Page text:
I clearly remember walking up to take a penalty kick in one of my highest pressure soccer games. I was the third kicker (out of five) and my team was counting on me being consistent and level headed. I stepped up to the line, planned which direction I was going to shoot, and struck the ball….straight into the goal keepers arms. I remember thinking, “I always screw up in high pressure situations.”
I didn’t realize it then, but I was playing victim to what so many athletes experience in their careers. Too often, we create excuses that hinder our ability to perform our best and reach our goals. Here are three excuses that athletes constantly tell themselves that are detrimental to their success:
“I’ll never be as good as her”
Self-doubt…that’s what I hear. You are looking at this in the wrong way. Shift your focus from what you lack towards what you can improve upon. It is a huge advantage when you can train or compete against someone better than you. Trust me! You’ll find that you set higher goals, work harder, and improve faster. Also, try re-phrasing your excuse this way, “well, if she can do it, I can too!”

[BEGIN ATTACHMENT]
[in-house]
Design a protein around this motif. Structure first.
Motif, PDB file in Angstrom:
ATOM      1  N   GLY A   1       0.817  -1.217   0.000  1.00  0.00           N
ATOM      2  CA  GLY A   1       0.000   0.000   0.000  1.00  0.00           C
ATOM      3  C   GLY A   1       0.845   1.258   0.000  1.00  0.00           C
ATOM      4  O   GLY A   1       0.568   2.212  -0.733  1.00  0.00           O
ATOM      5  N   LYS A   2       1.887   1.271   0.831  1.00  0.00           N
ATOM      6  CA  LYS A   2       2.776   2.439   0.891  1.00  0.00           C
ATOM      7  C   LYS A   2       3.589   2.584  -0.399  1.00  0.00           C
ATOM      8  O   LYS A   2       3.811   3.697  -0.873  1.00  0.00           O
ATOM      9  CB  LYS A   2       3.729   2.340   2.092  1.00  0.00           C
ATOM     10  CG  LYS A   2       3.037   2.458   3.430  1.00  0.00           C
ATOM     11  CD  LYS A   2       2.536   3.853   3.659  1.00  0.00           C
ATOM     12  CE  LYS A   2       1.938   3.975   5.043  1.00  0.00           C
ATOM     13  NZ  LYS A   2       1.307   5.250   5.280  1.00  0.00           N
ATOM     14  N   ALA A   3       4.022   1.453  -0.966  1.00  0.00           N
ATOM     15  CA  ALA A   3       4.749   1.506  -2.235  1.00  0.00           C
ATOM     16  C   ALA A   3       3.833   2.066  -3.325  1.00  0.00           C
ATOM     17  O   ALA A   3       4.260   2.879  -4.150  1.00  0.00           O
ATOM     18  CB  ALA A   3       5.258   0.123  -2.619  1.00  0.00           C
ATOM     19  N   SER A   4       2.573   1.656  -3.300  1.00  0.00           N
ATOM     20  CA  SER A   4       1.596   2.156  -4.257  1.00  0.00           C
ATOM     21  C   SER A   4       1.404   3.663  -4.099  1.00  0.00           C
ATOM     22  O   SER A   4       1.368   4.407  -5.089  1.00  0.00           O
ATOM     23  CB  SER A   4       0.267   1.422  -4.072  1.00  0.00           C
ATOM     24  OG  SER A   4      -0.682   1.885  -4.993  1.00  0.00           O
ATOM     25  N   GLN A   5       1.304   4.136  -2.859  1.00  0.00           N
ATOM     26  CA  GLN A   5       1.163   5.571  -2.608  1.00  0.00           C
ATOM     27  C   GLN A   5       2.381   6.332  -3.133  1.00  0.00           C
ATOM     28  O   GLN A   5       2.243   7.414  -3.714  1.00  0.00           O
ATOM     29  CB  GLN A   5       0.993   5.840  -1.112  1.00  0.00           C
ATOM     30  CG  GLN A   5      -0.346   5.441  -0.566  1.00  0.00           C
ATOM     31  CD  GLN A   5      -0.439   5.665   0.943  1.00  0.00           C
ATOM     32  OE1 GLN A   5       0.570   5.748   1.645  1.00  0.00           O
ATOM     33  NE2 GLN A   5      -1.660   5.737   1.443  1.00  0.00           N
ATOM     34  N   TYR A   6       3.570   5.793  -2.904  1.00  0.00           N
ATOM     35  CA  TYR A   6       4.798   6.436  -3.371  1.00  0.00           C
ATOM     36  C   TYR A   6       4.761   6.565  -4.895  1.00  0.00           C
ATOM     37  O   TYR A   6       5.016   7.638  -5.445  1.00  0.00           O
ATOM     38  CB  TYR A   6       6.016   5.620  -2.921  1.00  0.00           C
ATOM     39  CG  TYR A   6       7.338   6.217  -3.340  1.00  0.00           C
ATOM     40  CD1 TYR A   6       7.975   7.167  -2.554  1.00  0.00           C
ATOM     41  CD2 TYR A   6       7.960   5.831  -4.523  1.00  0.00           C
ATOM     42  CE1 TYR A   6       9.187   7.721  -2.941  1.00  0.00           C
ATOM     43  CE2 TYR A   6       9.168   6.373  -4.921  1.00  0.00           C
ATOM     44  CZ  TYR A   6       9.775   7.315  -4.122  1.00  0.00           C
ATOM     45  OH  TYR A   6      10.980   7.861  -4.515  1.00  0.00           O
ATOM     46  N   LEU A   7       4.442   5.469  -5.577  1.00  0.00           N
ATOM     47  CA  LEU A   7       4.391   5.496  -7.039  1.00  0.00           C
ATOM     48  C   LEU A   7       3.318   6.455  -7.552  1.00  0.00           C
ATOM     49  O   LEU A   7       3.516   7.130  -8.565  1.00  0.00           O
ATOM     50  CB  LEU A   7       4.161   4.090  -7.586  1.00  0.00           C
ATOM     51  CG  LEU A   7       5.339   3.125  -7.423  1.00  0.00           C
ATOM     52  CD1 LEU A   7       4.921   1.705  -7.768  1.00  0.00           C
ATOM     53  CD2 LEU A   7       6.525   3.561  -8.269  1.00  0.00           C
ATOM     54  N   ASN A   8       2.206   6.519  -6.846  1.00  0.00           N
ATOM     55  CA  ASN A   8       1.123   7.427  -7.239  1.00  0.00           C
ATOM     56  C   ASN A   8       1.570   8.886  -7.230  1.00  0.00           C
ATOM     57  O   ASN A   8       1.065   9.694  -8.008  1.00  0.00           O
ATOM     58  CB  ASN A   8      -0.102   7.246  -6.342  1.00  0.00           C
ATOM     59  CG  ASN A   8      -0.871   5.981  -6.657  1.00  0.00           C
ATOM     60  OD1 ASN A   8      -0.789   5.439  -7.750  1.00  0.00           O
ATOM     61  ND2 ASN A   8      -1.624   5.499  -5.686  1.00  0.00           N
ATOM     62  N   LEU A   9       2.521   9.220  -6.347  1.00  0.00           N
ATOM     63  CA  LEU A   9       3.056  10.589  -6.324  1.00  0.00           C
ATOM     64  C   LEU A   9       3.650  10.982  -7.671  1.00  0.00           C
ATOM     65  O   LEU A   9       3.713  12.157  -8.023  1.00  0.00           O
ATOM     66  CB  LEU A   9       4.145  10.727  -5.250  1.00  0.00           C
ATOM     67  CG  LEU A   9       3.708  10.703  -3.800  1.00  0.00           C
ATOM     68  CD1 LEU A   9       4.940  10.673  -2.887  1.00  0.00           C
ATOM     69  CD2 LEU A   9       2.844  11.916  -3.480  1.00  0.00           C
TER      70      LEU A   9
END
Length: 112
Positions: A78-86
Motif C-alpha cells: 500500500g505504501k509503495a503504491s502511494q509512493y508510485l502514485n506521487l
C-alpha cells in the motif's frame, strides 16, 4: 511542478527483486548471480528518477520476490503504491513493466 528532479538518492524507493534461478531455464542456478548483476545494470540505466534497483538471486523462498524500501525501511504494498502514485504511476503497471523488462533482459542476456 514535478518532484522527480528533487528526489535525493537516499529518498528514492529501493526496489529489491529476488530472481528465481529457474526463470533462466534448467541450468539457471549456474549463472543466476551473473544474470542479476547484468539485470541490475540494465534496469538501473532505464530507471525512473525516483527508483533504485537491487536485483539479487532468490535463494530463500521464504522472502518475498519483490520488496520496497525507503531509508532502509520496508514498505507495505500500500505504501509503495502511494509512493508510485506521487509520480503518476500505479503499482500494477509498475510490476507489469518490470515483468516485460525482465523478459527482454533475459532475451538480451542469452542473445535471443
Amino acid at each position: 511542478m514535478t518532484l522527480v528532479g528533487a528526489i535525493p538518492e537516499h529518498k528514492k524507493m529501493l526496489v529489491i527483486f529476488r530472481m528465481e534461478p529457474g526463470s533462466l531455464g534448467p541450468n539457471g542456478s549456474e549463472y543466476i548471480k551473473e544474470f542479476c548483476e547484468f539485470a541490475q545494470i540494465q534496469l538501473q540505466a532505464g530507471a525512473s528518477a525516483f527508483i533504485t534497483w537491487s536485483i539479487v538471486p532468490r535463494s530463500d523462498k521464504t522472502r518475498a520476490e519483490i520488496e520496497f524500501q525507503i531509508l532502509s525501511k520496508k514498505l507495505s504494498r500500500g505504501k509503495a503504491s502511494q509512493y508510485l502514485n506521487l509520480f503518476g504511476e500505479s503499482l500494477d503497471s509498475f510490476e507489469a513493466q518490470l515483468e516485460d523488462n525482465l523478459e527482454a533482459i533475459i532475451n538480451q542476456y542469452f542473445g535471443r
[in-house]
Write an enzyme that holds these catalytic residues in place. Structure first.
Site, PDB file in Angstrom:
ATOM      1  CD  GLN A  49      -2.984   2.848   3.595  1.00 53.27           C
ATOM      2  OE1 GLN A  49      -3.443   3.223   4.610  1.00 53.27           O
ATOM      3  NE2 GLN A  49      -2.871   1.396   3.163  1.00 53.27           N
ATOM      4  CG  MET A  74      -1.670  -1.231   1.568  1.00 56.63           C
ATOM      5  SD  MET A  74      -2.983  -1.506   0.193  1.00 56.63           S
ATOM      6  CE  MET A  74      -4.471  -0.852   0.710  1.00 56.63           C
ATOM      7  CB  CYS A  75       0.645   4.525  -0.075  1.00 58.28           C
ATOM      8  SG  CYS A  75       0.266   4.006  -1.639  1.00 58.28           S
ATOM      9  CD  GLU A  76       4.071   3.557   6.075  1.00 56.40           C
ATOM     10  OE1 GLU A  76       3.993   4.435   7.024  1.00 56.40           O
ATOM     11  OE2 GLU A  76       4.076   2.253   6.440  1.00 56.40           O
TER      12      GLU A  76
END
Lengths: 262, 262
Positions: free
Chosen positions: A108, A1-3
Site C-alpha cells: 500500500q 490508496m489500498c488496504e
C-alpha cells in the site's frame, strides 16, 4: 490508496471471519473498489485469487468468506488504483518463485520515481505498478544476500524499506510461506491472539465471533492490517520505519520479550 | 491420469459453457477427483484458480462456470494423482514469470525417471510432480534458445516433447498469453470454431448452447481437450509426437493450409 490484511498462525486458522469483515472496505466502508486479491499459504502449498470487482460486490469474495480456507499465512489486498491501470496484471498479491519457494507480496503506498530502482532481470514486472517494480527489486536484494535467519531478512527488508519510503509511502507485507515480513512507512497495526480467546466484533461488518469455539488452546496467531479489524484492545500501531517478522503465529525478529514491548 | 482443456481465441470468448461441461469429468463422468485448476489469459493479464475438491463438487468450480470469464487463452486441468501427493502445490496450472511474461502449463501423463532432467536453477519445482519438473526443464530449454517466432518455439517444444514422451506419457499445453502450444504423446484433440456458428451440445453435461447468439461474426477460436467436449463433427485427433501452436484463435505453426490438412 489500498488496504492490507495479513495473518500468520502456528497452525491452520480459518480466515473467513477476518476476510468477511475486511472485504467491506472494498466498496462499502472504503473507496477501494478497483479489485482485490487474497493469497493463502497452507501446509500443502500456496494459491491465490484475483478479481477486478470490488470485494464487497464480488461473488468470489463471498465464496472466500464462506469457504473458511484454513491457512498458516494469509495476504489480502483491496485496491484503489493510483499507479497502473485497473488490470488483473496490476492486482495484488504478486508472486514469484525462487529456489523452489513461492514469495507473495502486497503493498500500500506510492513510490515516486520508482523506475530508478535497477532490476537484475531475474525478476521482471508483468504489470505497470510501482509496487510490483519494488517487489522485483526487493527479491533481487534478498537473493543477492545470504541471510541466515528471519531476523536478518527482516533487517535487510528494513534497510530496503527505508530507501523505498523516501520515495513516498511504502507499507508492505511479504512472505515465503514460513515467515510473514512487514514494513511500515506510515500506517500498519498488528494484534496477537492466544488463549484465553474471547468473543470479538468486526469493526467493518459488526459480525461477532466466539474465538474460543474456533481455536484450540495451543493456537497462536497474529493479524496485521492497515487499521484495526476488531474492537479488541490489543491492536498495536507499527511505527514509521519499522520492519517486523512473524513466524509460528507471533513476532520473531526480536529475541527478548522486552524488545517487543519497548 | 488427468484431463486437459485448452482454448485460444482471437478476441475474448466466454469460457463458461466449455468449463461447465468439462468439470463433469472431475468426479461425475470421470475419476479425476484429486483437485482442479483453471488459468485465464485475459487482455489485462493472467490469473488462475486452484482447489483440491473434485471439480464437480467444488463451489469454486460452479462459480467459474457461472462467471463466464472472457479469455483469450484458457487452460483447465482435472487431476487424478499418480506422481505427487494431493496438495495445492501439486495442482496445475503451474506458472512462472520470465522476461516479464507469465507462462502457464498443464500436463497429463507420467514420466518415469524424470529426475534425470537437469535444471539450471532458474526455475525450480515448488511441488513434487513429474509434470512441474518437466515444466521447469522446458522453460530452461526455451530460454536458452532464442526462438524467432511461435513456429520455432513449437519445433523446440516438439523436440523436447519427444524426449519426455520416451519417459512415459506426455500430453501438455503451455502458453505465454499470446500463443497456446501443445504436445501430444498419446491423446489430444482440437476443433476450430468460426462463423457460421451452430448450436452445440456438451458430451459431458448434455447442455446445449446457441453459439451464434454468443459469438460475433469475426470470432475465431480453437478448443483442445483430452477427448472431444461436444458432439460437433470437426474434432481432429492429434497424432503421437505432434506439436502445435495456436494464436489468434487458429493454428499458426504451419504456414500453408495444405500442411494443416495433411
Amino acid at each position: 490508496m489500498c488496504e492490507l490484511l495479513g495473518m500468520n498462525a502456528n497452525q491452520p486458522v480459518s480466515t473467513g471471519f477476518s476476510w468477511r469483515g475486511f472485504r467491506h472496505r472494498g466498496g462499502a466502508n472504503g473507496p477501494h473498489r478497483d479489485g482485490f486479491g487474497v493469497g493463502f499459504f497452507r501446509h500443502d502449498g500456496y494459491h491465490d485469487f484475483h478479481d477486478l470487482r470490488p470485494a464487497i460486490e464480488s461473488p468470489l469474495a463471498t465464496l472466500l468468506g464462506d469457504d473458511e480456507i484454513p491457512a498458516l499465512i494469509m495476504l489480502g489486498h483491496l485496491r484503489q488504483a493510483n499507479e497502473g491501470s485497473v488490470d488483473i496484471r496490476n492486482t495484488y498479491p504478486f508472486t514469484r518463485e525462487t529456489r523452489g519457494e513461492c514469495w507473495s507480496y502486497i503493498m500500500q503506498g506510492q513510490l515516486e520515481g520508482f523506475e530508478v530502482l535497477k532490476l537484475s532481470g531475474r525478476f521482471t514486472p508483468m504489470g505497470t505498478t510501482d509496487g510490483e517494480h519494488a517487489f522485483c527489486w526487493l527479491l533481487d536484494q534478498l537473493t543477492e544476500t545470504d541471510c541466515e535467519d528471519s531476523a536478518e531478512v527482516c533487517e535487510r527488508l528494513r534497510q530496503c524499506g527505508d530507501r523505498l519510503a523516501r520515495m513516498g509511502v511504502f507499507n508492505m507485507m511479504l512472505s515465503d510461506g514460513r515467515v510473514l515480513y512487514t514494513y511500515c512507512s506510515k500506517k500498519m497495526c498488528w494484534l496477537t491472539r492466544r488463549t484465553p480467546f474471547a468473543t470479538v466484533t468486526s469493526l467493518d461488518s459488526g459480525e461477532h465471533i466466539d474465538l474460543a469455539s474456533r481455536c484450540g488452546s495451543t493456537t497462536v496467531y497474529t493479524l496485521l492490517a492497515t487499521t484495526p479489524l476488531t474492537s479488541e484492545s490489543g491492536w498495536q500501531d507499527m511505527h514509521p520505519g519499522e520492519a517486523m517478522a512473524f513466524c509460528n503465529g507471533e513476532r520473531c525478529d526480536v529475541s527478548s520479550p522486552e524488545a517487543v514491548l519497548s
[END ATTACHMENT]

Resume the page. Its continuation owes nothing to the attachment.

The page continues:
“I always mess up in high-pressure situations”
Believe me, I’ve been there! Cut yourself a break. I’m sure there have been times when you succeeded under high-pressure, but you are selectively remembering the times you failed. Remember, you are seriously hurting yourself when you make generalizations about your performance. Start telling yourself that you rise up to the occasion in high-pressure situations. Say it over and over again until you believe it. Then, start keeping track of the times you are successful. This will be your secret weapon against your competitors some day.
“I don’t believe in setting goals”
Goal setting can be scary and time consuming. But, without having a clear direction on where you want to go, you’ll stop improving and stall-out. All you have to do is break down your goals a little bit. What is it you’re working on? What particular skill are you hoping to master? By when? See…you just set a goal. Every athlete has the ability to set goals, all you have to do focus on the incremental steps towards improvement.